How to Create and Promote a Salon & Spa Membership Program
April 18, 2016
Now that you know a membership program is beneficial to your business, how do you get it off the ground?
1. Know your clients.
As with any other initiative, your decisions should be focused on your customers. Take a look at the service/purchase history of your top clients and understand their tendencies. Don’t hesitate to bounce ideas off of a few of them.
The following membership details should revolve around your clients’ behaviors:
Term/Cycle – How often do clients typically return? If clients typically get a haircut every 6 weeks, they probably would not be interested in a monthly membership.
Benefits – What are the most popular services? Do they always use the same services/products or do they like to switch it up? If they appreciate variety, then consider setting membership benefits as a credit to their account or offer a range of included services that they can pick from. Are there opportunities to increase visits or to add on minor services while they are at the salon or spa (e.g. free bang trims in between cuts, scalp massage)?
Bonuses – Are there any particular experiences they want? For example, if they appreciate spending time with a close friend, it may be a good opportunity to offer a discount to their friend when they come in together.
Restrictions – When are you typically fully booked? You may want to keep these days/times for the clients paying full price and encourage members to book during the quieter hours.
2. Create packages.
Based on the abovementioned factors, develop a few membership packages. A common marketing tactic is to offer a range of products, or in this case, memberships. While price conscious customers will likely opt for the cheaper package, the majority of people tend to select the middle. Your top clients may go for the most exclusive offering.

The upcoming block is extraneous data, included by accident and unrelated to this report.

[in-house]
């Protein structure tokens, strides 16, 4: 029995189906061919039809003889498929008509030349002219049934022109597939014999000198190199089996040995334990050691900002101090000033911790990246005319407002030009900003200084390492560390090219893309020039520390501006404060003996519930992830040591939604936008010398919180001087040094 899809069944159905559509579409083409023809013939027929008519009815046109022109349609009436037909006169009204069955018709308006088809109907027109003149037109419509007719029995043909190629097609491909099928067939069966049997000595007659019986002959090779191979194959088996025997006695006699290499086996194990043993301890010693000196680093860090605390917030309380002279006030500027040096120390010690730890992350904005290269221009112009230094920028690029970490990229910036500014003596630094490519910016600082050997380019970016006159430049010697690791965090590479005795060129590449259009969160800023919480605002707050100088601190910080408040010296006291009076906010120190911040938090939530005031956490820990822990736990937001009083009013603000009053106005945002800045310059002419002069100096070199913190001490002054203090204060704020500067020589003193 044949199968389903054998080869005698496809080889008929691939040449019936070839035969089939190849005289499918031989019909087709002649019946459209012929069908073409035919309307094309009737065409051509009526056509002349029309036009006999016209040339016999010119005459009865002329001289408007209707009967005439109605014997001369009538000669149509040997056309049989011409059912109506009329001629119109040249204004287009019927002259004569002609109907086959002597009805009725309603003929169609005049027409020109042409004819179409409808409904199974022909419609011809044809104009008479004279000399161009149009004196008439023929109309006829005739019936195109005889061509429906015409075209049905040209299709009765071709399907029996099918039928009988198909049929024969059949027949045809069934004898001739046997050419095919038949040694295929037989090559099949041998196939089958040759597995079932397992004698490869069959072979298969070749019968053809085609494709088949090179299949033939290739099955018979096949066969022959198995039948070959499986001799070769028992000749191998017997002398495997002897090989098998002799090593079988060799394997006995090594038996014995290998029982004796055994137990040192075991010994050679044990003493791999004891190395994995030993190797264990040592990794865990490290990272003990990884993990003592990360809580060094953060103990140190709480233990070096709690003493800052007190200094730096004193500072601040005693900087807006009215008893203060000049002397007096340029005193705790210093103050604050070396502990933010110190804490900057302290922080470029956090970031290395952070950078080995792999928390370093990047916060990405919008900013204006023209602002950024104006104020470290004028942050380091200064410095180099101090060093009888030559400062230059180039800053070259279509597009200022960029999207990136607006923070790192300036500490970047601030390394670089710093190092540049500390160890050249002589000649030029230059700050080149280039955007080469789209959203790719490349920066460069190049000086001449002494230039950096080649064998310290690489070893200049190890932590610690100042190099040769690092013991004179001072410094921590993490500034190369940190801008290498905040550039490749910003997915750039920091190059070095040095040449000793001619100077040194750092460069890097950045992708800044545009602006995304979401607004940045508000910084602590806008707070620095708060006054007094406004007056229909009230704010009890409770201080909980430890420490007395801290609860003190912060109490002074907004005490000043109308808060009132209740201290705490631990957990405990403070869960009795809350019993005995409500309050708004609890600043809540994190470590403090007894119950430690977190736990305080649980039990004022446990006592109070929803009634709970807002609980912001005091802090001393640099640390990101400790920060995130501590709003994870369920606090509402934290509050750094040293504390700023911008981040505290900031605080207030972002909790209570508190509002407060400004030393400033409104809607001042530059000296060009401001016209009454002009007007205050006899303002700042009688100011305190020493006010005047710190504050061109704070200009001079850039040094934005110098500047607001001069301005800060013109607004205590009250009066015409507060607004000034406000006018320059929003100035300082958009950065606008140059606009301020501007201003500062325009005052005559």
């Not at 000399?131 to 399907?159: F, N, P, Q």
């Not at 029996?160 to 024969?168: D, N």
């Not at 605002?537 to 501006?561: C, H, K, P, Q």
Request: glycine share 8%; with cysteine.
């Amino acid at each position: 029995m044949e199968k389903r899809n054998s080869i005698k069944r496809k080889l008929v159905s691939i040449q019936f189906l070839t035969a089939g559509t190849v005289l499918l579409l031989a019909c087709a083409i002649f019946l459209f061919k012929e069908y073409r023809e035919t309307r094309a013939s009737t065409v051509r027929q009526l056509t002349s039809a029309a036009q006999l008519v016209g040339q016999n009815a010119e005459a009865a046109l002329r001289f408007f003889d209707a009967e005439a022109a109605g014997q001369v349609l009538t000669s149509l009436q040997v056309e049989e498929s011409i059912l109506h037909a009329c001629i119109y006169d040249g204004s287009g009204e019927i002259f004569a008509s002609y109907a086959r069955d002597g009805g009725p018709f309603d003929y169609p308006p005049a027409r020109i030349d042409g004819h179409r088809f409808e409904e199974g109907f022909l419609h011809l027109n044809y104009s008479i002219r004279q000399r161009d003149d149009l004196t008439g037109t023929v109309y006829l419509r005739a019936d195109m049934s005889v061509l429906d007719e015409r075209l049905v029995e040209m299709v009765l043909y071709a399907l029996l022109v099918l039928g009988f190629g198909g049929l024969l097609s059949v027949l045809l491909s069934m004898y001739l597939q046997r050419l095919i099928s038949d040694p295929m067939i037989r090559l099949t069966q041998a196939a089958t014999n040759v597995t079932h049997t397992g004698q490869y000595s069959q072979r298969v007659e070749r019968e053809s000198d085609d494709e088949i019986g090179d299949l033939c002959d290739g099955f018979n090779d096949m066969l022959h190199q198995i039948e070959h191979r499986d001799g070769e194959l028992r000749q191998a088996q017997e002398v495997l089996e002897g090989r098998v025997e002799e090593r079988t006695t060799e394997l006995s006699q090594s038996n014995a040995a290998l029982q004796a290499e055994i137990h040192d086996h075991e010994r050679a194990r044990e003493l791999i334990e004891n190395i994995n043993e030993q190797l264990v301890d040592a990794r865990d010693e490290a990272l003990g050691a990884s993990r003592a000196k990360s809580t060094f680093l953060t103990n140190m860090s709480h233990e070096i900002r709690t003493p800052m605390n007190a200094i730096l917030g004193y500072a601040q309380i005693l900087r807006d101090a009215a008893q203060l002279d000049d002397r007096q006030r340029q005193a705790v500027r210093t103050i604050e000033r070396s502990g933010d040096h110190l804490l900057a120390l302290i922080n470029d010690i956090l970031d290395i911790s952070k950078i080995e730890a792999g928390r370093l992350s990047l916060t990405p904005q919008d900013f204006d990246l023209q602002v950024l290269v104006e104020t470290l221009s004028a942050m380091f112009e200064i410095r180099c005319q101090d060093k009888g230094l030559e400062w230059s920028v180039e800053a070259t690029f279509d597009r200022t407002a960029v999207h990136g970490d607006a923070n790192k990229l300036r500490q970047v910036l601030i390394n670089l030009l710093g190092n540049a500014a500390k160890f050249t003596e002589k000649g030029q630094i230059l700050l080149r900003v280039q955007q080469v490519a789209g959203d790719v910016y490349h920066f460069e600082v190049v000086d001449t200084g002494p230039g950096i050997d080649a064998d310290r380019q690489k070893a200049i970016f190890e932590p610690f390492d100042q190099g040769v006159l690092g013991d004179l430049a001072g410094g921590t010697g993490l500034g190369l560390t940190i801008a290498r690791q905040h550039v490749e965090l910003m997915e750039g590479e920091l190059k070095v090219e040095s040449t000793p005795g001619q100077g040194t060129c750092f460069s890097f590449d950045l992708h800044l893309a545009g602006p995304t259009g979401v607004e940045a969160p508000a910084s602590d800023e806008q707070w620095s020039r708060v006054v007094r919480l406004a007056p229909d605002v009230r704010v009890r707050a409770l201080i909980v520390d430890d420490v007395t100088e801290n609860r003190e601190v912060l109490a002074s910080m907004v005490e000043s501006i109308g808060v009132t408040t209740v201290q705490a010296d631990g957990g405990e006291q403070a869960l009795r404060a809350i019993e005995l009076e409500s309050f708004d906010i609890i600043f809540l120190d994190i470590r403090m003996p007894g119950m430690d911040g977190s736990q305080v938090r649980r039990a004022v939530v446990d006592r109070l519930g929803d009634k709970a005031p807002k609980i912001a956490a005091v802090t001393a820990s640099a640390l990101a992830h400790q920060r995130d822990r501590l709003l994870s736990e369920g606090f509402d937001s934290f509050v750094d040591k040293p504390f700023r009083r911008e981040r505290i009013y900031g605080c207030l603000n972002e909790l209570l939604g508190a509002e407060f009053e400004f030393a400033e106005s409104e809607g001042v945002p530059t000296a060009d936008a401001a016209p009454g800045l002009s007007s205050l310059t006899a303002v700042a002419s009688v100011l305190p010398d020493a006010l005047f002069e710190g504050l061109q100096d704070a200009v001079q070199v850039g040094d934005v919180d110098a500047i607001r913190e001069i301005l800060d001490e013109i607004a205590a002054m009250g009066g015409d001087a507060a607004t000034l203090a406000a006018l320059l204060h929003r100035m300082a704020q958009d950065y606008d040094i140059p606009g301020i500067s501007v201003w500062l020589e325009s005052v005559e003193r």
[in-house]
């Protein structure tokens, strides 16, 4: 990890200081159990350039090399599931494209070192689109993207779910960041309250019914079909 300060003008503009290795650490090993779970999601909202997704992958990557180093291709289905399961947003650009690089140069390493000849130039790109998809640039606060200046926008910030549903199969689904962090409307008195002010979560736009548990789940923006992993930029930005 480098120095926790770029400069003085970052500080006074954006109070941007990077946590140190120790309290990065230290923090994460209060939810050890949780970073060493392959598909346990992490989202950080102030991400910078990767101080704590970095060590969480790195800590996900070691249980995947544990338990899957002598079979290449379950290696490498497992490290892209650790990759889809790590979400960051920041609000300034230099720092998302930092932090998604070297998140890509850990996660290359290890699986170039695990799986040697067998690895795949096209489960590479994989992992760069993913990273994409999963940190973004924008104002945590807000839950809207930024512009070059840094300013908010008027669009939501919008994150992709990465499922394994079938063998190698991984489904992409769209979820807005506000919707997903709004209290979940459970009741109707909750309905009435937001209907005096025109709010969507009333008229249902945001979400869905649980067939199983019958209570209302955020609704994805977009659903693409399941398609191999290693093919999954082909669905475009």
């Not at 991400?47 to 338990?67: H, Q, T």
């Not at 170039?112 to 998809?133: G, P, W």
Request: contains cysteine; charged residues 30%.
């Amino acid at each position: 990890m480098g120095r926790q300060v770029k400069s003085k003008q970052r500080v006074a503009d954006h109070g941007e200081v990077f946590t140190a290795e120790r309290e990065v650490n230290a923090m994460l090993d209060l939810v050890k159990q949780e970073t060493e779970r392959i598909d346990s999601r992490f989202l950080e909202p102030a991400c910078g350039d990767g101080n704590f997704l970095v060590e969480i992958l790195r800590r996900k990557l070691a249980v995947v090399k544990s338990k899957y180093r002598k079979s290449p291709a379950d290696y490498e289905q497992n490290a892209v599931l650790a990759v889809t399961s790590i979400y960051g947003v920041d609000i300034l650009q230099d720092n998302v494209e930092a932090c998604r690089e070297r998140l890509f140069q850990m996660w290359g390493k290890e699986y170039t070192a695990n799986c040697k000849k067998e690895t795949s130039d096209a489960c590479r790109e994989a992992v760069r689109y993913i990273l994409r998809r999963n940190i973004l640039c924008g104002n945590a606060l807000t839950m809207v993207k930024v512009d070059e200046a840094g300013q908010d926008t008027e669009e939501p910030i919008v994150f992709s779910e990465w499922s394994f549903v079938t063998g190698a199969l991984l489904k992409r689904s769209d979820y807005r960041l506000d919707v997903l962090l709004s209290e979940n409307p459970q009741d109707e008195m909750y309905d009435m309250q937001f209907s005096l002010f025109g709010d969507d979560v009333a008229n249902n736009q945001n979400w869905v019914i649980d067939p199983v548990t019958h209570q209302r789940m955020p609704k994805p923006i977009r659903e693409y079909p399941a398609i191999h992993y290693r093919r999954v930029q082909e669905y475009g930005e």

3. Check Your Prices
Ensure that you will still make a profit after any discounts or free services/products. In order to do this, ensure you know the costs of running your business (remember wages, taxes, and any overhead such as property leases or utility bills). Do not include any services or products with a low profit margin.
4. Set a maximum membership capacity.
Only allow enough memberships to fill your appointment book. Again, you do not want to alienate other loyal clients who are willing to pay full price for services by prioritizing discounted services for members. Plus, scarcity increases demand.
- Post signs around the waiting area and place small stickers on mirrors.
- Encourage your stylists and receptionists to tell clients about the membership program.
- Send an email or text message to clients.
- Post about it on your Facebook, Twitter, and Instagram accounts.
- Run a contest. Have clients sign up for a membership plan for a chance to win their membership fee back.
6. Inform Members
Keep them up to date with any special offers. Ensure they know what is and is not part of their membership plan. Give them a hard copy, or potentially even have them sign a “contract” so they can’t claim they were unaware of restrictions. You may also want to include a clause to give you the right to cancel/change the membership program (with notice) if it is not working out the way it was meant to (clients can sometimes find a loophole in the program so you will want to ensure that it cannot hurt your business). You may want to consult a lawyer.